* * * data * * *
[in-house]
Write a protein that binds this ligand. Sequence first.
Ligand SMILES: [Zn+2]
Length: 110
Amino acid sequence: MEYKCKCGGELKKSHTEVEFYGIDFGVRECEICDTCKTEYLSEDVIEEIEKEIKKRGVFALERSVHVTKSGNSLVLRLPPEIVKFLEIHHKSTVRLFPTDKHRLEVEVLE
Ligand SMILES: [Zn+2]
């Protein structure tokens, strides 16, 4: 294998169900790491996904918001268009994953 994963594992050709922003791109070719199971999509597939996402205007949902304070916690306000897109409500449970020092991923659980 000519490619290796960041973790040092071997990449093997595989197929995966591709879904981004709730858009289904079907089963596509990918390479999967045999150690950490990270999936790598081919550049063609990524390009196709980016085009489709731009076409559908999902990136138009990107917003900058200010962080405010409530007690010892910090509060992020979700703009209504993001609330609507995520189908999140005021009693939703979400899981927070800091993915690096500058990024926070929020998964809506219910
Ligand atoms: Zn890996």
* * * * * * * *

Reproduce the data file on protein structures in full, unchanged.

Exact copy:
[in-house]
Write a protein that binds this ligand. Sequence first.
Ligand SMILES: [Zn+2]
Length: 110
Amino acid sequence: MEYKCKCGGELKKSHTEVEFYGIDFGVRECEICDTCKTEYLSEDVIEEIEKEIKKRGVFALERSVHVTKSGNSLVLRLPPEIVKFLEIHHKSTVRLFPTDKHRLEVEVLE
Ligand SMILES: [Zn+2]
């Protein structure tokens, strides 16, 4: 294998169900790491996904918001268009994953 994963594992050709922003791109070719199971999509597939996402205007949902304070916690306000897109409500449970020092991923659980 000519490619290796960041973790040092071997990449093997595989197929995966591709879904981004709730858009289904079907089963596509990918390479999967045999150690950490990270999936790598081919550049063609990524390009196709980016085009489709731009076409559908999902990136138009990107917003900058200010962080405010409530007690010892910090509060992020979700703009209504993001609330609507995520189908999140005021009693939703979400899981927070800091993915690096500058990024926070929020998964809506219910
Ligand atoms: Zn890996």